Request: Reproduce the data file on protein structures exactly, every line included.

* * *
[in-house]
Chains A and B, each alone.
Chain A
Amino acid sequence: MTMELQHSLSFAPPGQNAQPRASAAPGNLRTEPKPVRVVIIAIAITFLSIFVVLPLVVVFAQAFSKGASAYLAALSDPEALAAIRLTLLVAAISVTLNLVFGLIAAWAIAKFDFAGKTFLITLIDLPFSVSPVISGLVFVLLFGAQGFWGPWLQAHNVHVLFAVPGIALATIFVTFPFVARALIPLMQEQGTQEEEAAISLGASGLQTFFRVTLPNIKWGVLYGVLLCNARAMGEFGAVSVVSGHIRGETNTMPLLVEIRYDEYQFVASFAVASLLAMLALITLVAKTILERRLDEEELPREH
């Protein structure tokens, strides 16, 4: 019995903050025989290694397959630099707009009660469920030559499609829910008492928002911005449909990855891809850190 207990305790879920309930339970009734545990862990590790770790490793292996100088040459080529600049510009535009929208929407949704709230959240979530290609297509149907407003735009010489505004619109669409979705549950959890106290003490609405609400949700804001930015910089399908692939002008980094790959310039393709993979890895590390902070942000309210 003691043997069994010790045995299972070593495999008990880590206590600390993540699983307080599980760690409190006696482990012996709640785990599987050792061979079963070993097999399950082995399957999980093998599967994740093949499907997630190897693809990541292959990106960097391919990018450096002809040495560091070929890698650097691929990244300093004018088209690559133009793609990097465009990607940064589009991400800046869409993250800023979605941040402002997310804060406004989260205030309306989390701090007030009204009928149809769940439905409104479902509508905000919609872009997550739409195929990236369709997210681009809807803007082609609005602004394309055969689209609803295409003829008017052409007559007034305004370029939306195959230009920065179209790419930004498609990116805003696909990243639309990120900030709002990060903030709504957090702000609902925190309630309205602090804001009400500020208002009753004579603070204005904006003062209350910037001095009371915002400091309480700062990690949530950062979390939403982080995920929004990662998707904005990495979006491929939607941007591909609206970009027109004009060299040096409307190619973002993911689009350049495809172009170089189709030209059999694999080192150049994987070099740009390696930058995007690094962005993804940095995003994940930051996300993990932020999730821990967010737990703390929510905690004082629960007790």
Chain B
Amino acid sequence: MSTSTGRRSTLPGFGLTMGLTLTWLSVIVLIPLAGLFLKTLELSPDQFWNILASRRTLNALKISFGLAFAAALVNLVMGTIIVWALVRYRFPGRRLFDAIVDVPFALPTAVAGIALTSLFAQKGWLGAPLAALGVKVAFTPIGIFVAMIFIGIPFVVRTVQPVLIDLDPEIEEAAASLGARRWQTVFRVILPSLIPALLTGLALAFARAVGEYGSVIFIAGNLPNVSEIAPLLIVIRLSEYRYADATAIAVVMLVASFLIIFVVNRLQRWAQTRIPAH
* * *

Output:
[in-house]
Chains A and B, each alone.
Chain A
Amino acid sequence: MTMELQHSLSFAPPGQNAQPRASAAPGNLRTEPKPVRVVIIAIAITFLSIFVVLPLVVVFAQAFSKGASAYLAALSDPEALAAIRLTLLVAAISVTLNLVFGLIAAWAIAKFDFAGKTFLITLIDLPFSVSPVISGLVFVLLFGAQGFWGPWLQAHNVHVLFAVPGIALATIFVTFPFVARALIPLMQEQGTQEEEAAISLGASGLQTFFRVTLPNIKWGVLYGVLLCNARAMGEFGAVSVVSGHIRGETNTMPLLVEIRYDEYQFVASFAVASLLAMLALITLVAKTILERRLDEEELPREH
């Protein structure tokens, strides 16, 4: 019995903050025989290694397959630099707009009660469920030559499609829910008492928002911005449909990855891809850190 207990305790879920309930339970009734545990862990590790770790490793292996100088040459080529600049510009535009929208929407949704709230959240979530290609297509149907407003735009010489505004619109669409979705549950959890106290003490609405609400949700804001930015910089399908692939002008980094790959310039393709993979890895590390902070942000309210 003691043997069994010790045995299972070593495999008990880590206590600390993540699983307080599980760690409190006696482990012996709640785990599987050792061979079963070993097999399950082995399957999980093998599967994740093949499907997630190897693809990541292959990106960097391919990018450096002809040495560091070929890698650097691929990244300093004018088209690559133009793609990097465009990607940064589009991400800046869409993250800023979605941040402002997310804060406004989260205030309306989390701090007030009204009928149809769940439905409104479902509508905000919609872009997550739409195929990236369709997210681009809807803007082609609005602004394309055969689209609803295409003829008017052409007559007034305004370029939306195959230009920065179209790419930004498609990116805003696909990243639309990120900030709002990060903030709504957090702000609902925190309630309205602090804001009400500020208002009753004579603070204005904006003062209350910037001095009371915002400091309480700062990690949530950062979390939403982080995920929004990662998707904005990495979006491929939607941007591909609206970009027109004009060299040096409307190619973002993911689009350049495809172009170089189709030209059999694999080192150049994987070099740009390696930058995007690094962005993804940095995003994940930051996300993990932020999730821990967010737990703390929510905690004082629960007790």
Chain B
Amino acid sequence: MSTSTGRRSTLPGFGLTMGLTLTWLSVIVLIPLAGLFLKTLELSPDQFWNILASRRTLNALKISFGLAFAAALVNLVMGTIIVWALVRYRFPGRRLFDAIVDVPFALPTAVAGIALTSLFAQKGWLGAPLAALGVKVAFTPIGIFVAMIFIGIPFVVRTVQPVLIDLDPEIEEAAASLGARRWQTVFRVILPSLIPALLTGLALAFARAVGEYGSVIFIAGNLPNVSEIAPLLIVIRLSEYRYADATAIAVVMLVASFLIIFVVNRLQRWAQTRIPAH